The realism trend probably began with shows like Survivor. See, for a time, TV shows were becoming incredibly predictable. You always knew exactly what was gonna happen, you knew every punchline to every joke, it was just the same old stuff time and again, and people just didn’t care anymore. It wasn’t hard for shows like Survivor and Top Chef to steal viewers away by the thousands.
So, while reality TV may be, at times, crass and artless, and not to mention, they often rearrange events with editing to make situations seem more dramatic than they really were, the fact remains that they had some appeal in their unpredictability and real human situations which stole a lot of viewers away from the fictional television shows which were really not offering anything new, and really hadn’t since Seinfeld and Drew Carey went off the air.
With fictional television, the first to really catch on was The Sopranos, which could have been just some mob show twenty years ago, but post-Survivor, it became much more, a show about a real character, Tony Soprano. In Goodfellas, all the characters have to worry about is mob stuff, who’s gonna get whacked and so on. In Sopranos, Tony has to consider that, plus where is his daughter going for college? How does he deal with his own and his son’s panic attacks? How does he make his wife happy? This was real life seeping into a fictional scenario.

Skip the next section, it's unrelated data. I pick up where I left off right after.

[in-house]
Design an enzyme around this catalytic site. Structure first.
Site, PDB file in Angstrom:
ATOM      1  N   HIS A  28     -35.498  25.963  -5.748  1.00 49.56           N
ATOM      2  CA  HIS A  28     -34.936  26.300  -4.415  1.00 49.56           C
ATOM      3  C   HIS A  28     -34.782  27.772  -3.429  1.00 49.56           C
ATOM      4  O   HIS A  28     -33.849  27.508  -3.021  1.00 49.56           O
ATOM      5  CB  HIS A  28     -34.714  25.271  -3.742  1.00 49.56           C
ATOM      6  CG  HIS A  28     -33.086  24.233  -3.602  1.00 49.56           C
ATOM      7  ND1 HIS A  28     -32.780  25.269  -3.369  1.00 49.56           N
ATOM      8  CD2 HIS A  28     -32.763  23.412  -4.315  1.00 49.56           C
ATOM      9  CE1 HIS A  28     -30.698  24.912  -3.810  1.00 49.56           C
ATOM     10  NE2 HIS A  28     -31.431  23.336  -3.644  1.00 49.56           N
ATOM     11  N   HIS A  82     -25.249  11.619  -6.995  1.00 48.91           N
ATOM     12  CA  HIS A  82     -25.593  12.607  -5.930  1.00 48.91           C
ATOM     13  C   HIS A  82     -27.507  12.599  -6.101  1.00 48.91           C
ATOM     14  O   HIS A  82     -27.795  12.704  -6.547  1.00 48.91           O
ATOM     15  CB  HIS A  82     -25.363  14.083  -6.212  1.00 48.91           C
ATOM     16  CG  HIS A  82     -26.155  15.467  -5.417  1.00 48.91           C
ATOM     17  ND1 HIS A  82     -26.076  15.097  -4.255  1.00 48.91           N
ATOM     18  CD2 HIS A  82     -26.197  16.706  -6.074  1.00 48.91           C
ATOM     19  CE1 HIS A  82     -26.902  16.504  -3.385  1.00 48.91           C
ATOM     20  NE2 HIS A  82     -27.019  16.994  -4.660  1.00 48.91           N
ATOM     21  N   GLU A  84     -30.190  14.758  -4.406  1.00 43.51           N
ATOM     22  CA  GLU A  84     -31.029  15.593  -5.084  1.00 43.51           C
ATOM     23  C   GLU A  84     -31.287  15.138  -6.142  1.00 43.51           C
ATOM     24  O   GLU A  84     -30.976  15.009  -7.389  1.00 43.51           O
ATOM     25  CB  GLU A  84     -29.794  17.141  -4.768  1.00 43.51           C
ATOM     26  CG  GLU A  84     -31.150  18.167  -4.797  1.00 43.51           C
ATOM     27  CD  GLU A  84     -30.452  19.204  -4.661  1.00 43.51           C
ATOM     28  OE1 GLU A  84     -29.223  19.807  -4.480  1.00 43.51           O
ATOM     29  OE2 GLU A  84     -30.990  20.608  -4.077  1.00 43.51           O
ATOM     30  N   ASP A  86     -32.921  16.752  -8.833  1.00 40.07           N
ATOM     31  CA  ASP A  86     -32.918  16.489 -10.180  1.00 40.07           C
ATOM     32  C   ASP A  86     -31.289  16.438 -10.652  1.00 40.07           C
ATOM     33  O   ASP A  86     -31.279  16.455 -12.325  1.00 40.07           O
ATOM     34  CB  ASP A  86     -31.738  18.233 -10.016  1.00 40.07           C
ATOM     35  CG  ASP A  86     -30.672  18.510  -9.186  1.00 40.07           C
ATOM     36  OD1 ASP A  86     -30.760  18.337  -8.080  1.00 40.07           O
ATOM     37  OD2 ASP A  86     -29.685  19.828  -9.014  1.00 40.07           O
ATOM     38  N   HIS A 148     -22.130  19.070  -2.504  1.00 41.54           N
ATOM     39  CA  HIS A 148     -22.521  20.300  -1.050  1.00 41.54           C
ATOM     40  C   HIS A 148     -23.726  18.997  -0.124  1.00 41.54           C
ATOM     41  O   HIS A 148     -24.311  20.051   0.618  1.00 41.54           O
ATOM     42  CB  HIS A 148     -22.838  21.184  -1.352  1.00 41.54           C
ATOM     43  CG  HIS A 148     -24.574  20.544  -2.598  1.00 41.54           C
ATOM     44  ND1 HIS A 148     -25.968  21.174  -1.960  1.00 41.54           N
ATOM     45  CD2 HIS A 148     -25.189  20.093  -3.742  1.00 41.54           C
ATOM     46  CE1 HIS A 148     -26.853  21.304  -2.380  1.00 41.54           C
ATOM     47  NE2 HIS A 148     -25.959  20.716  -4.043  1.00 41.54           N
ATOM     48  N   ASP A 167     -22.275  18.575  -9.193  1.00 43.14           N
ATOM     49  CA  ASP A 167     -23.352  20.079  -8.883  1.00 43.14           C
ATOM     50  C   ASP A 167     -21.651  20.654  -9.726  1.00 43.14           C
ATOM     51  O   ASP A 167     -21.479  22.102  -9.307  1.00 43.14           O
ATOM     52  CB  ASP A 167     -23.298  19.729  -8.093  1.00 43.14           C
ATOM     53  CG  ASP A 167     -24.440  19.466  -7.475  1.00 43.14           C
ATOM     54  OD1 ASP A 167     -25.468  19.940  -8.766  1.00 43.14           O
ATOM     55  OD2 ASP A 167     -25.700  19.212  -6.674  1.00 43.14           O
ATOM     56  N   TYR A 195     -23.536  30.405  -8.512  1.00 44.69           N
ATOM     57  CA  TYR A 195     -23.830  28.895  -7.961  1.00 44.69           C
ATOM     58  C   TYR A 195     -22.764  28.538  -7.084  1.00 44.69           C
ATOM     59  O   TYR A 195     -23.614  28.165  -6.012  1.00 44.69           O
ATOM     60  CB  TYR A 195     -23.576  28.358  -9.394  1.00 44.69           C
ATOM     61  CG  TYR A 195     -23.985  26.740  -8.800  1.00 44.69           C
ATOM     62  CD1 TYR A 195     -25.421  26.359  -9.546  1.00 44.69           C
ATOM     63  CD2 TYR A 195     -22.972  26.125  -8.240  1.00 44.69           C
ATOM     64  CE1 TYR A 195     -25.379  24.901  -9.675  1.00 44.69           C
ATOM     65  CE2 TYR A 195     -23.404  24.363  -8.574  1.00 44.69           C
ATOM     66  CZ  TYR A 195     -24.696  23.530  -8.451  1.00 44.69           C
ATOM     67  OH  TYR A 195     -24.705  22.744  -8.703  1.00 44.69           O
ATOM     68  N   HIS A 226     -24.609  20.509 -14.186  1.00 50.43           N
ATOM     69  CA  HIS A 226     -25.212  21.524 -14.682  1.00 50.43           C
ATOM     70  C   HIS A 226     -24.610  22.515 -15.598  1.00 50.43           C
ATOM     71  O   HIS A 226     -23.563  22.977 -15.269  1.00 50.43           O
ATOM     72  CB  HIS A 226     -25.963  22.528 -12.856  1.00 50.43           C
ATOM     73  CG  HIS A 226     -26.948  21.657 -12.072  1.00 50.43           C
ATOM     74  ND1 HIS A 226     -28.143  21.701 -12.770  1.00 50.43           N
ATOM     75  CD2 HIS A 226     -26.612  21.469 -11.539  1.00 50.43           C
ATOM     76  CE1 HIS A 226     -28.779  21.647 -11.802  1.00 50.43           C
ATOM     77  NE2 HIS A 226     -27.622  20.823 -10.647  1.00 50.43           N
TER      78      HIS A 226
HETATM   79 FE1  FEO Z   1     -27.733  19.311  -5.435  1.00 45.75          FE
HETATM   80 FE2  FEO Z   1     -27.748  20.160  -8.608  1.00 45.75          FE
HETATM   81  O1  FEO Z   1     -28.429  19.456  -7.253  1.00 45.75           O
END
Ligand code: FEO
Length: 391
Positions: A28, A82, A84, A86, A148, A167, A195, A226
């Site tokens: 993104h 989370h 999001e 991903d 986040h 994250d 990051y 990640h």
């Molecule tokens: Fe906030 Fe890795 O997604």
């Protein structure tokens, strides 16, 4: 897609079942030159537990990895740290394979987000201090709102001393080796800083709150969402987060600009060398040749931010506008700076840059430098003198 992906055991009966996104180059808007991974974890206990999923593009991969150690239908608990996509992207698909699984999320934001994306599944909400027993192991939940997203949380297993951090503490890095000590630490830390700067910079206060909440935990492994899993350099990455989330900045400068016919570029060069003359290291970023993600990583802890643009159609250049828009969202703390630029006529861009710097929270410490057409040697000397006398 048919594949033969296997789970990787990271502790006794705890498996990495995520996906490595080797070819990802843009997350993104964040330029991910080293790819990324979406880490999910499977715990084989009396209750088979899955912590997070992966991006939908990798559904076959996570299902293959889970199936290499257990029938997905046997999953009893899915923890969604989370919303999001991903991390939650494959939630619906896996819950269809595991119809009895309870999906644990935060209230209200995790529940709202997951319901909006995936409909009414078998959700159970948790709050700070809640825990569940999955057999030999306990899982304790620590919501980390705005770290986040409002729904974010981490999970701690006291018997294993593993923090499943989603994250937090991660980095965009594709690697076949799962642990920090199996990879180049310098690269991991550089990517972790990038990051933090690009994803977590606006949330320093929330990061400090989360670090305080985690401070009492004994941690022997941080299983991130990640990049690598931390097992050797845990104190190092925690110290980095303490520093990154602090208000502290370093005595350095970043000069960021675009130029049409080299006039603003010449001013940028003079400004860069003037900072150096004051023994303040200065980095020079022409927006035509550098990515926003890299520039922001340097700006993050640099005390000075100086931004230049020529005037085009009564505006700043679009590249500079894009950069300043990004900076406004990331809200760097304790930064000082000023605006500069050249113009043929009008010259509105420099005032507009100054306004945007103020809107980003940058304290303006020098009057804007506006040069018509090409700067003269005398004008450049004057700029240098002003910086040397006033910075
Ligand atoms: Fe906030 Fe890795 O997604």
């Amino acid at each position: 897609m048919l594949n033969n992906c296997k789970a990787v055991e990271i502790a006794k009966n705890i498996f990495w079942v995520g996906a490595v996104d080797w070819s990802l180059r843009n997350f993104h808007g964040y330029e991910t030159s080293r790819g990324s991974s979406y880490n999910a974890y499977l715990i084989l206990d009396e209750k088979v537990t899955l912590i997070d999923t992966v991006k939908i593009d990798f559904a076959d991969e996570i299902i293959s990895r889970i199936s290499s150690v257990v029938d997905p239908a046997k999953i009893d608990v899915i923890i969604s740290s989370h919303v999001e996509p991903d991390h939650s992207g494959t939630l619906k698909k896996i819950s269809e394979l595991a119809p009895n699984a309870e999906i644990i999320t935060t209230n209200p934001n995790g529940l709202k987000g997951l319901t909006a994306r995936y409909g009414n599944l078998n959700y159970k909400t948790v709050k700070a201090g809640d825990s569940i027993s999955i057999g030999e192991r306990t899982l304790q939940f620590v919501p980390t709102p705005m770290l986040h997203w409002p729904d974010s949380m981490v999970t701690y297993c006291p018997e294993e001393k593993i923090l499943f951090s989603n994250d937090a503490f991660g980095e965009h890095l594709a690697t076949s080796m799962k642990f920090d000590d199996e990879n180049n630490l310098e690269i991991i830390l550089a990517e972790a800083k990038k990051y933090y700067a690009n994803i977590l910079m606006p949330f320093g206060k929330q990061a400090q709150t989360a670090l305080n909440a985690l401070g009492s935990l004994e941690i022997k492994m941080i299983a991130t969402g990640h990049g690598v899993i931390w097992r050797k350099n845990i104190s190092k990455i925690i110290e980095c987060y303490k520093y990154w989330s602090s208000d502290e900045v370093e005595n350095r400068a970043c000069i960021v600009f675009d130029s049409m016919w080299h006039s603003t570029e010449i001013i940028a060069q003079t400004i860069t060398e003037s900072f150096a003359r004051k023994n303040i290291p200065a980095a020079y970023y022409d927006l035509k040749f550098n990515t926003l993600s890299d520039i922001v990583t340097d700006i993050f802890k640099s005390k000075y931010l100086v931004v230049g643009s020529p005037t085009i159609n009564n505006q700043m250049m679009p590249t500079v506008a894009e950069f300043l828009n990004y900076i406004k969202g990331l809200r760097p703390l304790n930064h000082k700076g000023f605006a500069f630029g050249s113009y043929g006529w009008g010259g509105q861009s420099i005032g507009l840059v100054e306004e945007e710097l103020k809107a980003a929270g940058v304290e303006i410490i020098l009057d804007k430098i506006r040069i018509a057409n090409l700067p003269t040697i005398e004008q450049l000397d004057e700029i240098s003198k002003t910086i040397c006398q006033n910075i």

Weeds follows a suburban widow and her two sons as they deal with family issues and… The family business. It follows Sopranos in a way, in that the family business is… Well, she’s a weed dealer. She sells pot to all of the local yuppie potheads. A constant source of humor is the fact that she doesn’t always fit in with the shallow vapid people of her neighborhood, being a weed dealer amidst investment bankers and soccer moms.
The show is both real and funny, and full of great characters like The Candyman, actually a woman, a fitness nut who runs a bakery and refuses to sell to anyone who won’t promise to exercise regularly to burn off the fat they get from her delicious cupcakes and brownies.
The show follows two primary plot threads: One following the mother’s journey in building her criminal empire, and one following her family issues and the local gossip. Watching how the two stories affect one another is always worth a laugh.
Be warned, it’s addictive. Like Lost or The Sopranos, you can’t just watch one or two episodes. Each season is structured as a single story separated into chapters by each episode, so if you’re going to download one, you may as well download a dozen or you’ll find yourself waiting for hours between episodes to see what happens next.